Written Report

When all the data was properly sorted and grouped, I then proceeded to write a full report on the data collected. 

Summary of the data. I divided the report into sections similar to that of the discussion guide and interview so that the research output would follow the same logical flow. A clickable table of contents was made for ease in perusal. Quantitative data gathered from the interview was tabulated appropriately and qualitative data (i.e. significant participant statements) were quoted and explained in the written report. Throughout the report, I also indicated the number of participants who expressed a particular insight/concern/suggestion. 

Image 4. Excerpt from the full written report

I presented the data in this way to make it as easily digestible as possible for the client. Considering the fact that the interviews, each spanning 1.5 hours long, were rich with data, I found it of utmost importance to sort and present the same in as succinct a manner as possible. I wrote the report in a way that was easy to digest, however retained the comprehensiveness of the data. 

Compiled participant suggestions. The participants gave a plethora of suggestions for different aspects of the development. These suggestions were mentioned in the summary of the data, under the respective sections of each aspect of the development. However, for the client’s ease in reviewing and considering the different suggestions for the development, I wrote up a separate section compiling the same. In this section, I grouped the participants' suggestions based on the different features/aspects of the development. 

This was also done for ease in digesting and comprehending the data. I assumed as well that if the client would want to review and implement some suggestions, it would be much easier to have them all in one section such that the client need not browse through the entire report themselves to identify the different suggestions.

On-Off Group Recommendations. The last section of the report contained key points for further research as well as the recommendations we in the On-Off Group research team had for the Amihan Homes development. 

The key points for further research are possible topics of question that the Amihan Homes team can probe should they decide to conduct further or wider research. These key points for further research were based on participant reservations, concerns, confusions, and questions throughout the interview. 

I included this in the report because the client had mentioned that they may want to conduct a widespread survey similar to that of One Shared House 2030 and were asking for insights as to what questions they may ask. 

The research team at On-Off Group also crafted recommendations for the development based on emphasized concerns, pain points, suggestions, and/or confusions that were shared by the participants during the entirety of the research.


Based on the data collected, I crafted two artifacts to aid the client in further tailoring Amihan Homes to its target market. The artifacts crafted were Personas and Mental Models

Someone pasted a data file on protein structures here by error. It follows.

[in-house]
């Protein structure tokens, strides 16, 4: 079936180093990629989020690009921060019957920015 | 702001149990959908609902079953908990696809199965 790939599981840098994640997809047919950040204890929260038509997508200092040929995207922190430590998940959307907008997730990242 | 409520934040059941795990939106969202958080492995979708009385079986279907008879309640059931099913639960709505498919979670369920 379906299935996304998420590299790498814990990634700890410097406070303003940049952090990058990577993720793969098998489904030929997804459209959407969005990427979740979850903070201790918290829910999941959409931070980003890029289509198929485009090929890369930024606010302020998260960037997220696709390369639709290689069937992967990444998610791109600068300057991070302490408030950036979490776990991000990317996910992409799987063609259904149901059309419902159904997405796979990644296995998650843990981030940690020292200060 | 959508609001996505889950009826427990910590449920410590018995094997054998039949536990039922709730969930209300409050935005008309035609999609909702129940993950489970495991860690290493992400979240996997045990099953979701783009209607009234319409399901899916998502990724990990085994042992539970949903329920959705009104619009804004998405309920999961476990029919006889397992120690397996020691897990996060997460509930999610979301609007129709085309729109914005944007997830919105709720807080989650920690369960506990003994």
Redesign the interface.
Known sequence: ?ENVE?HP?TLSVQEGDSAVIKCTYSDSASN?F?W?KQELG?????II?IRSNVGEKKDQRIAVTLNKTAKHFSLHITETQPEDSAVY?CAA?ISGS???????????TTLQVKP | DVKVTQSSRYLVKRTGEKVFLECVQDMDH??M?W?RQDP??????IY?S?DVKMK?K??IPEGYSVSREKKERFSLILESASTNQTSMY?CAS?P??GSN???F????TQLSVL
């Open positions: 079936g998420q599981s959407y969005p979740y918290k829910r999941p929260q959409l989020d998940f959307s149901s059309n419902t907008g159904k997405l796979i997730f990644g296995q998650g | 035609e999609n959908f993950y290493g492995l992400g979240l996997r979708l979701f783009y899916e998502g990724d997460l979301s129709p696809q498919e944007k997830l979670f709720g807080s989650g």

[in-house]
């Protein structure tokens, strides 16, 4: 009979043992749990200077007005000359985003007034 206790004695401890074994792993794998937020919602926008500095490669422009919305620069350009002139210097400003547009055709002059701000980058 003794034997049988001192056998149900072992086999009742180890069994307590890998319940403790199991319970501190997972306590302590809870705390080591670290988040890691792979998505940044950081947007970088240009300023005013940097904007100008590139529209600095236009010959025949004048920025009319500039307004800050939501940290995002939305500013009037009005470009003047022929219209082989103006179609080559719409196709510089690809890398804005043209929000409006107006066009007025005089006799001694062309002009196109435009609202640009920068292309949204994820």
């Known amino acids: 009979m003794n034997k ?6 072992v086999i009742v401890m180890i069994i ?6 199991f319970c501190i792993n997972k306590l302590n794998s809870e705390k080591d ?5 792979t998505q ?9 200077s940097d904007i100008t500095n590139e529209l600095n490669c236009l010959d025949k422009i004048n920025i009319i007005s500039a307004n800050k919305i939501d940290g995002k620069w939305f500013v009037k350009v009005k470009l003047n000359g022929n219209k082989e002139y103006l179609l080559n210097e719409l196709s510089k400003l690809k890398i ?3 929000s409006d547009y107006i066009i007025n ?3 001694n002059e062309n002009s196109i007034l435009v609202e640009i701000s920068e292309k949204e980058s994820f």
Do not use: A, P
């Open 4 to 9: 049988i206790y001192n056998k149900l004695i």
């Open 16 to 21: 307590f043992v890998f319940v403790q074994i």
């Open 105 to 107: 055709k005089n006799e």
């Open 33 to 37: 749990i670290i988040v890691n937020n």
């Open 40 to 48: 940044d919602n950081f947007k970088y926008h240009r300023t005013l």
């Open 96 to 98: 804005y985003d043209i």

Personas. I crafted 3 personas based on the behaviors, needs, wants, and frustrations I observed from the participants during the user interviews. 

I believed that user personas would give the client a deeper understanding of their intended target market. They would be able to identify what features are necessary and nice to implement based on the personas’ needs and wants. Thus, they could better develop Amihan Homes to become more tailor-fit to their target market. 

Image 5. (Left) Miro boards with participant notes supporting Persona characteristics; 

(Right) Persona presented to client

Mental Models. I then crafted 3 mental models for each persona, all with the same goal of “Purchasing Property.” 

Through the personas, the client would get to know who their target market is. Through the mental models, the client would get to know how they think about doing things, in this case, purchasing property. I wanted the client to see what steps the personas, and thus their target market, were likely to take in purchasing property, as well as how they would think and feel while doing so. I also wanted the client to clearly see the challenges they faced in purchasing property that they may spot opportunities to lighten or ease these challenges through Amihan Homes. 

Image 6. (Top) Miro boards with participant notes supporting Persona’s Mental Model tasks; 

(Bottom) Mental Models presented to client

Main Takeaways

User experience must not be integrated merely in the end product or service itself. User experience, first and foremost, must translate into the research and its presentation. 

With a little over 15 hours worth of user interviews, this research project was very rich in data, in terms of both the quantity and quality of data. My own personal UX question throughout this project was: how might I present all this data in the most succinct way possible? 

I learned from this project that any research done in user experience is initially and primarily felt not by the users of the product or service, but by the client contracting the research. And it is for this reason that all output, no matter how expansive the data may be, should be as digestible as possible by any and all persons who may need to use the findings. Good UX Research — and any good products that stem from it — is the result of the marriage of an analytical mind and empathetic heart.